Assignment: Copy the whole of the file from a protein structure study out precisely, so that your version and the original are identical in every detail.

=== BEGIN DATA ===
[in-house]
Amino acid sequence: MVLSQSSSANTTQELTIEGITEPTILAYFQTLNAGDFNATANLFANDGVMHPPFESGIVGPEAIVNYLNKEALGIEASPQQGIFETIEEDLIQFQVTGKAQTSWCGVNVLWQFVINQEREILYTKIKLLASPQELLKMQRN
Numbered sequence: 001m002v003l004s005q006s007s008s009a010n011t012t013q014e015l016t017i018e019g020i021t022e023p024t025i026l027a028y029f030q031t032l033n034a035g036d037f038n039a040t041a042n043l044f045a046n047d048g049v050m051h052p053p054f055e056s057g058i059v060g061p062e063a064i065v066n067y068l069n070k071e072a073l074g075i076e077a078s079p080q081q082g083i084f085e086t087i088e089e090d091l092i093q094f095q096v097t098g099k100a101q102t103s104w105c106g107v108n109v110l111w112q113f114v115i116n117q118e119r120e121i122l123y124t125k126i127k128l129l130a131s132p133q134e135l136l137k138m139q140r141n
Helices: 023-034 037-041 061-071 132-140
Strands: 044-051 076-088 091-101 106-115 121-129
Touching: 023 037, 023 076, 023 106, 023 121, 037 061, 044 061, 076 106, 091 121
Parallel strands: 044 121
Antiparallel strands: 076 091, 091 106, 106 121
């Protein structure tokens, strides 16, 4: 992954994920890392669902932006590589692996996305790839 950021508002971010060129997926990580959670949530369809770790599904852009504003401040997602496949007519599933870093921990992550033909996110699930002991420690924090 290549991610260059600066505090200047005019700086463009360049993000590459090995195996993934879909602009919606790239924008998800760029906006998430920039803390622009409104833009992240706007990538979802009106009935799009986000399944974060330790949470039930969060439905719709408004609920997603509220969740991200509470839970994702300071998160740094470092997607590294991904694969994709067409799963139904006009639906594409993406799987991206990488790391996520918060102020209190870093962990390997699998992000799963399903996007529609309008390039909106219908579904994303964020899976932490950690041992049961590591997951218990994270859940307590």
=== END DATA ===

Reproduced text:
[in-house]
Amino acid sequence: MVLSQSSSANTTQELTIEGITEPTILAYFQTLNAGDFNATANLFANDGVMHPPFESGIVGPEAIVNYLNKEALGIEASPQQGIFETIEEDLIQFQVTGKAQTSWCGVNVLWQFVINQEREILYTKIKLLASPQELLKMQRN
Numbered sequence: 001m002v003l004s005q006s007s008s009a010n011t012t013q014e015l016t017i018e019g020i021t022e023p024t025i026l027a028y029f030q031t032l033n034a035g036d037f038n039a040t041a042n043l044f045a046n047d048g049v050m051h052p053p054f055e056s057g058i059v060g061p062e063a064i065v066n067y068l069n070k071e072a073l074g075i076e077a078s079p080q081q082g083i084f085e086t087i088e089e090d091l092i093q094f095q096v097t098g099k100a101q102t103s104w105c106g107v108n109v110l111w112q113f114v115i116n117q118e119r120e121i122l123y124t125k126i127k128l129l130a131s132p133q134e135l136l137k138m139q140r141n
Helices: 023-034 037-041 061-071 132-140
Strands: 044-051 076-088 091-101 106-115 121-129
Touching: 023 037, 023 076, 023 106, 023 121, 037 061, 044 061, 076 106, 091 121
Parallel strands: 044 121
Antiparallel strands: 076 091, 091 106, 106 121
């Protein structure tokens, strides 16, 4: 992954994920890392669902932006590589692996996305790839 950021508002971010060129997926990580959670949530369809770790599904852009504003401040997602496949007519599933870093921990992550033909996110699930002991420690924090 290549991610260059600066505090200047005019700086463009360049993000590459090995195996993934879909602009919606790239924008998800760029906006998430920039803390622009409104833009992240706007990538979802009106009935799009986000399944974060330790949470039930969060439905719709408004609920997603509220969740991200509470839970994702300071998160740094470092997607590294991904694969994709067409799963139904006009639906594409993406799987991206990488790391996520918060102020209190870093962990390997699998992000799963399903996007529609309008390039909106219908579904994303964020899976932490950690041992049961590591997951218990994270859940307590």